Coverage had 'unfairly damaged' the system of government and the reputation of the civil service, he said.
Sir Robin made his attack in a prepared statement read out to the inquiry. He said he was supported by the head of the diplomatic service, Sir David Gillmore. A spokesman said the Prime Minister was aware of and had not objected to Sir Robin's proposal.
His statement emphasised that the task of civil servants giving evidence to the inquiry had been made 'more fraught and onerous by grossly distorted and prejudicial allegations in the media about the role of government and individuals, including civil servants, in these matters.
'While I make no criticism or complaint about the inquiry's procedures, the absence of the restraints on comment about the course of the proceedings which would apply in a court of law has permitted wild allegations and prejudging of issues in media reports.'
He complained about the way the inquiry, which is investigating the sales of millions of pounds of British defence-related exports to Iraq, was referred to as the 'arms-to-Iraq inquiry'. The Government had not authorised any weapons for export to Baghdad, he said.
He also attacked references to public interest immunity certificates, signed by ministers seeking to suppress government documents from the Matrix Churchill trial, as 'gagging orders'.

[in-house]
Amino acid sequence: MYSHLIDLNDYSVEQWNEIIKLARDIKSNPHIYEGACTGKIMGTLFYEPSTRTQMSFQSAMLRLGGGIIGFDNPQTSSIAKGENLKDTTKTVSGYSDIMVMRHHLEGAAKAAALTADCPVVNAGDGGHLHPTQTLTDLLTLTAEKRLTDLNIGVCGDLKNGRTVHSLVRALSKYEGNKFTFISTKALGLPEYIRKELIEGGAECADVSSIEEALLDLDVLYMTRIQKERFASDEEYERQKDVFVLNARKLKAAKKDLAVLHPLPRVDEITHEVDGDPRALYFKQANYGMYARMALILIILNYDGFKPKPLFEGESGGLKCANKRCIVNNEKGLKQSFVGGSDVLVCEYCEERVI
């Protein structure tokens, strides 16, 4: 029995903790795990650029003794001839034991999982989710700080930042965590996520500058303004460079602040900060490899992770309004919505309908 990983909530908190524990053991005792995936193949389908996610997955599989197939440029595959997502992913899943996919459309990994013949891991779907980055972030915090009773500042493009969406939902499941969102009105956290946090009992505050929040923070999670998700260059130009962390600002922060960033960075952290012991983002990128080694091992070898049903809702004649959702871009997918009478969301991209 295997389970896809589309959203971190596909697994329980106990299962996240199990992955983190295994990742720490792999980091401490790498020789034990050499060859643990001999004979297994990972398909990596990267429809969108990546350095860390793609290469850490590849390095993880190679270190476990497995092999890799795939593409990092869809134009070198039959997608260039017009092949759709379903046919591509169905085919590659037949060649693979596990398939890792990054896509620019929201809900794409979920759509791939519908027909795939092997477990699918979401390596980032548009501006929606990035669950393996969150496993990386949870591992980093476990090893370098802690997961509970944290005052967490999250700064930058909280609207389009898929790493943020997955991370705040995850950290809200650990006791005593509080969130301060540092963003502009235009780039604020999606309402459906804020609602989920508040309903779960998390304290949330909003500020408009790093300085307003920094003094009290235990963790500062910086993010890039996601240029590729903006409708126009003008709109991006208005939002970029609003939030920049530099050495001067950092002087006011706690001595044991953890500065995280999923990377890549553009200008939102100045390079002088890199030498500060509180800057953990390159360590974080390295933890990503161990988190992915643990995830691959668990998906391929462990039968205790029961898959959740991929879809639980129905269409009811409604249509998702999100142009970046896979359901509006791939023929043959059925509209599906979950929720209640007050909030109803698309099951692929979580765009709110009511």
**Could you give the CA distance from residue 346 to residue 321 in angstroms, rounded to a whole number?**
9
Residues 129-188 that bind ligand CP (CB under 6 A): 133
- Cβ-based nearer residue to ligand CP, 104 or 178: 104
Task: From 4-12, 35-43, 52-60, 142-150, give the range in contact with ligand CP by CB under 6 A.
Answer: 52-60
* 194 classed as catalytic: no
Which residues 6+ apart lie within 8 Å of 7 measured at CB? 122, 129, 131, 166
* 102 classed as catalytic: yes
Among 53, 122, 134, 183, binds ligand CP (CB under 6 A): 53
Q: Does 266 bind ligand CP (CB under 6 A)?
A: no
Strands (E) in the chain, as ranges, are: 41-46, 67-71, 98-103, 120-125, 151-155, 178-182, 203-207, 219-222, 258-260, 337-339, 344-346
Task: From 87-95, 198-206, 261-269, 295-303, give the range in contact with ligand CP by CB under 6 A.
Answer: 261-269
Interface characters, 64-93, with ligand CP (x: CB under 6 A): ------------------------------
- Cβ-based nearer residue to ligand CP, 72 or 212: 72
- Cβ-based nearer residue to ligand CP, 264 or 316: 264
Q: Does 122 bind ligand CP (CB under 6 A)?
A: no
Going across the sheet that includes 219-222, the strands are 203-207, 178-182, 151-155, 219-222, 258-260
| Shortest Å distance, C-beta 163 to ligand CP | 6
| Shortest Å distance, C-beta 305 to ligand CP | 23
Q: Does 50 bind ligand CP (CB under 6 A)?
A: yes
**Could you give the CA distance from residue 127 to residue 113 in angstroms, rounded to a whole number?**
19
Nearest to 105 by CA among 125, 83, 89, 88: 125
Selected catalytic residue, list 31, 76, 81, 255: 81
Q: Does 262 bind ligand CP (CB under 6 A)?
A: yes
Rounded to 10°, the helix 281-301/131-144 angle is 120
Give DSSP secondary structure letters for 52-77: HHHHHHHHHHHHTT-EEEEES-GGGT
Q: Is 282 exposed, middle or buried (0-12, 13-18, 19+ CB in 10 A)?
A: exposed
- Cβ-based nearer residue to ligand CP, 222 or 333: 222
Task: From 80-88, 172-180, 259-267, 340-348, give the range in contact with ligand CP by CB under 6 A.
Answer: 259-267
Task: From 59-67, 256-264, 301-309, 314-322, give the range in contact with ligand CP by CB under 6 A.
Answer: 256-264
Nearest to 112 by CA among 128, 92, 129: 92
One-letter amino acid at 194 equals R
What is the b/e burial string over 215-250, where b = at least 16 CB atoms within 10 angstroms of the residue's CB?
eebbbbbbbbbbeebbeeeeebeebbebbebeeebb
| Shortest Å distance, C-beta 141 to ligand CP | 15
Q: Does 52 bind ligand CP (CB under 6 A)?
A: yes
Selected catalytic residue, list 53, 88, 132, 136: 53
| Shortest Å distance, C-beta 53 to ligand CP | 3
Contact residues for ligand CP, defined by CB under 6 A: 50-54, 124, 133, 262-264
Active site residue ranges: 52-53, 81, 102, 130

Referring to 'scrapbook items', he cited headlines about himself including: 'The Butler did it'; 'Cabinet chief linked to Iraqi gun cover- up' and 'The trail of blood running through Whitehall in the wake of the arms-to-Iraq affair leads to the door of the Cabinet Secretary' as examples of coverage.
Sir Robin also revealed prosecution lawyers and investigators in the Matrix Churchill case did not see the Cabinet Office papers until October 1992, the month the trial began and two years after the defendants were first charged.
Presiley Baxendale QC, the inquiry counsel, said: 'If Customs were to get a full picture of what was going on, surely something like these documents relating to a meeting between Mr Clark and the Prime Minister must count as something relevant Customs should see?'
Sir Robin said there had been no intention to release the documents to the court unless there was a successful application by the defence. He said that they were not 'crucial' to the case.
He also defended a decision to block two retired Ministry of Defence officials giving evidence to the House of Commons Trade and Industry Select Committee supergun inquiry in 1992.
Sir Robin said it was an 'established practice' that only serving officials gave evidence to Commons select committees. He claimed because ministers 'ultimately take the rap' they had a right to choose who represented them before MPs.
He also said he ordered a review of the distribution of intelligence within Whitehall following revelations at the inquiry that vital information from Britain's intelligence agencies was not being passed to relevant officials or ministers.
Sir Robin said that although select committees could force someone to appear before them, a minister could order an official, serving or retired, to refuse to answer.
Lord Justice Scott suggested that if ministers' powers to do that were ever tested in court 'I would have assumed such an arbitary use of confidentiality would not be upheld'. Sir Robin replied this was probably the reason that the Government and Parliament were anxious such matters were not dealt with by the courts.